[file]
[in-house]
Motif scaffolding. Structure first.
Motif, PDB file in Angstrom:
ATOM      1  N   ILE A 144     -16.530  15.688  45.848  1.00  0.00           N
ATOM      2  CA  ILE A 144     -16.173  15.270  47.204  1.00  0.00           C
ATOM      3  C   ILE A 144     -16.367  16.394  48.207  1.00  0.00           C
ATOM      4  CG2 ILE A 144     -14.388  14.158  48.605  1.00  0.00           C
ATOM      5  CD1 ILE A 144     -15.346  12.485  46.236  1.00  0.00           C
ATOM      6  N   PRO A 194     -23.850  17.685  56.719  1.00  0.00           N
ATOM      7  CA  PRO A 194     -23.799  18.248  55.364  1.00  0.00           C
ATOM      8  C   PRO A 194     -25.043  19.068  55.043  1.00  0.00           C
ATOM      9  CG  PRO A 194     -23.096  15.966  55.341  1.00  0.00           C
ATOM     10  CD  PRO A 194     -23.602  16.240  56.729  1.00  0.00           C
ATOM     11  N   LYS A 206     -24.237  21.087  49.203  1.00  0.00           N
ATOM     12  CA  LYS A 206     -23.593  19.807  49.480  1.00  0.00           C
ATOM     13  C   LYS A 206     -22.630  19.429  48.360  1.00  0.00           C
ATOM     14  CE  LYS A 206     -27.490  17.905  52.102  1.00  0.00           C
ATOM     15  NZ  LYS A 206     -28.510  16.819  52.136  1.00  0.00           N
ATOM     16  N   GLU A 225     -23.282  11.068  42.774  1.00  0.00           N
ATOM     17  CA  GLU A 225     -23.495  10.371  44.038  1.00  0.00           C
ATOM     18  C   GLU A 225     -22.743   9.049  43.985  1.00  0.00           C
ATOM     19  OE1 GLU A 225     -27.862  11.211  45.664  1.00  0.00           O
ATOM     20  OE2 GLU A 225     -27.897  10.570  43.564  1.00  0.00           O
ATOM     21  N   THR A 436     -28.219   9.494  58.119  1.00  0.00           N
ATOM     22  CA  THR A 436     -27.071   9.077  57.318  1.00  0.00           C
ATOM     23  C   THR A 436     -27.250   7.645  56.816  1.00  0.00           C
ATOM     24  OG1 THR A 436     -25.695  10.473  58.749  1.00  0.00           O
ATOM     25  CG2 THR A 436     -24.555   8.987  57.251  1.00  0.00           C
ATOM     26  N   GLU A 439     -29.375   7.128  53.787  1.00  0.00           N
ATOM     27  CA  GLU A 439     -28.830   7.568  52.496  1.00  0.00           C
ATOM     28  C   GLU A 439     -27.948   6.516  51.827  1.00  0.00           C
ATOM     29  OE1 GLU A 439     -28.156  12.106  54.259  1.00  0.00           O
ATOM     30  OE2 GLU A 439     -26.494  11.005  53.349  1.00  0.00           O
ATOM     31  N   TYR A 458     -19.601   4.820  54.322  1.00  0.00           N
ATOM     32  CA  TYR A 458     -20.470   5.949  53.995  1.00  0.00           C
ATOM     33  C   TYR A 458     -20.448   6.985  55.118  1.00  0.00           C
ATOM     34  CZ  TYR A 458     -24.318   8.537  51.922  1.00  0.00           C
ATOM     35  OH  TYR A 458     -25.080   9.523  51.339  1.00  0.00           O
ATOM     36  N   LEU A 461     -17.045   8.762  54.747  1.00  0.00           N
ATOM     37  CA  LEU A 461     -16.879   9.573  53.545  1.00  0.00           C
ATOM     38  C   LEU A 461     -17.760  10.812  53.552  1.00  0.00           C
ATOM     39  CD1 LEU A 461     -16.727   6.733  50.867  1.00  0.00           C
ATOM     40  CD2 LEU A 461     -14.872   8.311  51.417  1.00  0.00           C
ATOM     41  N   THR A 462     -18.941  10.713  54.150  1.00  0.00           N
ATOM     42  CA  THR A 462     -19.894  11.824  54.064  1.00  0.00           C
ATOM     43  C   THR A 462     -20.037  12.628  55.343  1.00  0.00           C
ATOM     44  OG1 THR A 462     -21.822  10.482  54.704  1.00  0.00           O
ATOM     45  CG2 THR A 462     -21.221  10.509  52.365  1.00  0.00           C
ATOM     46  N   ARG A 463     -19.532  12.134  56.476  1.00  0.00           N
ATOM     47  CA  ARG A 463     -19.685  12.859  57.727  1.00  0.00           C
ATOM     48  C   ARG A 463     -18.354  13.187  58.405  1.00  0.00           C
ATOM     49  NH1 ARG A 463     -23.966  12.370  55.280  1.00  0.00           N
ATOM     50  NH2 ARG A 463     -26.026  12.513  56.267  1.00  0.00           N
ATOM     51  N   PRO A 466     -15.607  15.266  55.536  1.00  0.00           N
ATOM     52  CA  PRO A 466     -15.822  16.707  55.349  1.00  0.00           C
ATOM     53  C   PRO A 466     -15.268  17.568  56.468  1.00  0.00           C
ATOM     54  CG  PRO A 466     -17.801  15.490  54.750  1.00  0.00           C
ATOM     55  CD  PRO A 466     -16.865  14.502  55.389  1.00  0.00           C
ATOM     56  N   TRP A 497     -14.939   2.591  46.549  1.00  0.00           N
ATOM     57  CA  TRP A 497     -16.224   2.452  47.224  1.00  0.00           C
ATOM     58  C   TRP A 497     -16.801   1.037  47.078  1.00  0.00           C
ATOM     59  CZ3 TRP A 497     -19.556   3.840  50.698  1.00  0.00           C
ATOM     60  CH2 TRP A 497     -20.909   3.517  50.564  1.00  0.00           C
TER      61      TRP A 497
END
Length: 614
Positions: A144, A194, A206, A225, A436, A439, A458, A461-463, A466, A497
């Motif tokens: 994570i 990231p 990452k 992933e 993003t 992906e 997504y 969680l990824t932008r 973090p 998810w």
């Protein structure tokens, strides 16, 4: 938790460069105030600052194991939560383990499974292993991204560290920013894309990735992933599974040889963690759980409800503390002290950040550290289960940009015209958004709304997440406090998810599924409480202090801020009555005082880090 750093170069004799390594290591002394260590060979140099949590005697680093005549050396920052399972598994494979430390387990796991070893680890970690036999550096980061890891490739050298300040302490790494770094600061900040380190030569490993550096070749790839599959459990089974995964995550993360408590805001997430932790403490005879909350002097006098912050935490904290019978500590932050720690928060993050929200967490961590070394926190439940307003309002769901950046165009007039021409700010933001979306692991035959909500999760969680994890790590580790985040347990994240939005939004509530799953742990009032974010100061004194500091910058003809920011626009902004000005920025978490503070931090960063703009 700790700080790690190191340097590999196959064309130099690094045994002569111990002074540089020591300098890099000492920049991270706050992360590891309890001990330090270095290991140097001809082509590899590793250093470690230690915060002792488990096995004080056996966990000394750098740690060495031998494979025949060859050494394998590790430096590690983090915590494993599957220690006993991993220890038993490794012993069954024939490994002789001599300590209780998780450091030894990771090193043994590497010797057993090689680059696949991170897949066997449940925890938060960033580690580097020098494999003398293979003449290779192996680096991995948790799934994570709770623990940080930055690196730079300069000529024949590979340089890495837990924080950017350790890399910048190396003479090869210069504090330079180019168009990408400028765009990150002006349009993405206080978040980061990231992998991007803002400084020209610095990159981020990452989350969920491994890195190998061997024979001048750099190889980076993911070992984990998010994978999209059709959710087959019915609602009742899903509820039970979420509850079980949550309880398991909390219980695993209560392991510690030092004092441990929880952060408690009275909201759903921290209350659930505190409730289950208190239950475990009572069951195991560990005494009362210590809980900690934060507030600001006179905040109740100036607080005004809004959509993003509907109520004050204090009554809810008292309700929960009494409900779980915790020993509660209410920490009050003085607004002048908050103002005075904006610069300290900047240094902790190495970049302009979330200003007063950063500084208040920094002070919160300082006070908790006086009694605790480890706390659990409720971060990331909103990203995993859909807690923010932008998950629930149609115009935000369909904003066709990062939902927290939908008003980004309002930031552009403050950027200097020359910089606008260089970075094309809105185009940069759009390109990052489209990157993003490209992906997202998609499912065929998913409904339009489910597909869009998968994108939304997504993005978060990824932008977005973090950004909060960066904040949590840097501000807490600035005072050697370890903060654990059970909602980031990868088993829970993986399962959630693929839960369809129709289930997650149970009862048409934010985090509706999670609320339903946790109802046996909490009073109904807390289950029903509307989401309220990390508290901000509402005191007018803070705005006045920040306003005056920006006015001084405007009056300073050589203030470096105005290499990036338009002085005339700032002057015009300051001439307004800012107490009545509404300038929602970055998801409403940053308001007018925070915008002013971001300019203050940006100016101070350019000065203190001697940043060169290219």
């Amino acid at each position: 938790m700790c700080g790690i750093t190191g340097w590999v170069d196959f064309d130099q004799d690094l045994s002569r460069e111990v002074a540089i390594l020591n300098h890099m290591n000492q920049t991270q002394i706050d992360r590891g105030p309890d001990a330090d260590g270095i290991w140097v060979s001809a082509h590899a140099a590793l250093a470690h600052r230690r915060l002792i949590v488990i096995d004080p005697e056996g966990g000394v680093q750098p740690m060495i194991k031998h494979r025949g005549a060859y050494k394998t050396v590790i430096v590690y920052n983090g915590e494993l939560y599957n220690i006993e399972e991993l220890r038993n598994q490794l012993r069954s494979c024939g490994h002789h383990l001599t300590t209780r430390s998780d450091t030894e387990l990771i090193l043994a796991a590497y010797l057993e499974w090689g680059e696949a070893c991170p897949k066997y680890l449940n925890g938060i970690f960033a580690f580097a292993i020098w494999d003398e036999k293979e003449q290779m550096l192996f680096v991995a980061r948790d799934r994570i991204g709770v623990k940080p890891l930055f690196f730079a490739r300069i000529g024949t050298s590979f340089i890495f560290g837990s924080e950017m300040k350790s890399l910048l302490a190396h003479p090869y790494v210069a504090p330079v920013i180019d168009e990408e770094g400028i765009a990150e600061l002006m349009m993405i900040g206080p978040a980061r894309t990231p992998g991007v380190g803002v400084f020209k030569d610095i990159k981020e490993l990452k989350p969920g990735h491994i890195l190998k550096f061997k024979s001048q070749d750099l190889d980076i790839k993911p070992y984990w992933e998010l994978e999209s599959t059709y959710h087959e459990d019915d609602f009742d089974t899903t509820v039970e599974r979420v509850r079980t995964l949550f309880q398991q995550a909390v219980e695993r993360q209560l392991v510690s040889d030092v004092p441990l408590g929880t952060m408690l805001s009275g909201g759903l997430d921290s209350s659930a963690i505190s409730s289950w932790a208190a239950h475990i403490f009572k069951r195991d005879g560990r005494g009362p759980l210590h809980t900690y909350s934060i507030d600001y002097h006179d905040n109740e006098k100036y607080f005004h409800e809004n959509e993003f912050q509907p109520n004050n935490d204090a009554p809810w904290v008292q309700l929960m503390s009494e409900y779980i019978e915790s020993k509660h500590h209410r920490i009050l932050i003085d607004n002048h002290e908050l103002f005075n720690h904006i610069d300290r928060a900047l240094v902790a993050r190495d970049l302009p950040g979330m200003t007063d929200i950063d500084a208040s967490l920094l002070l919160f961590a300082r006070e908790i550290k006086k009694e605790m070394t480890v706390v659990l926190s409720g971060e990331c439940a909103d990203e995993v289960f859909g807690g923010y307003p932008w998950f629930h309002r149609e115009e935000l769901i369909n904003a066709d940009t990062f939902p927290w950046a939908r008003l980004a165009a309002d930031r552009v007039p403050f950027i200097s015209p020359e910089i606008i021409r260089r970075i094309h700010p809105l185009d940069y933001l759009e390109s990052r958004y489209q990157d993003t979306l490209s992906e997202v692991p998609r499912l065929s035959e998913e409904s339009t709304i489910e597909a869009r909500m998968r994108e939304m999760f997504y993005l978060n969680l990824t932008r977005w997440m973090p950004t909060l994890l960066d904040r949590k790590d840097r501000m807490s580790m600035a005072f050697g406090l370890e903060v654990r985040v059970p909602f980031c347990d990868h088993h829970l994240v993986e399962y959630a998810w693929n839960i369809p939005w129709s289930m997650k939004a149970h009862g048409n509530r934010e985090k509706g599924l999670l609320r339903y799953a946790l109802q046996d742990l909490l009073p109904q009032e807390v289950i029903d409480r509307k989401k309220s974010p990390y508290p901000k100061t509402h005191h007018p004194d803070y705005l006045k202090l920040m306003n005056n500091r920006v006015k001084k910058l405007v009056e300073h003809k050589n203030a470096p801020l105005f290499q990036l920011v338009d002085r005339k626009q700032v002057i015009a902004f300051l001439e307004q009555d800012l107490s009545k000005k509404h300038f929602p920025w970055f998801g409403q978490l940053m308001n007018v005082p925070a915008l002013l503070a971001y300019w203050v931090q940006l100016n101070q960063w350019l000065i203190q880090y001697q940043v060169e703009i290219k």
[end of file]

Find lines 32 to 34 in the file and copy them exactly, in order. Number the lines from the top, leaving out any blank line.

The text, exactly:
ATOM     29  OE1 GLU A 439     -28.156  12.106  54.259  1.00  0.00           O
ATOM     30  OE2 GLU A 439     -26.494  11.005  53.349  1.00  0.00           O
ATOM     31  N   TYR A 458     -19.601   4.820  54.322  1.00  0.00           N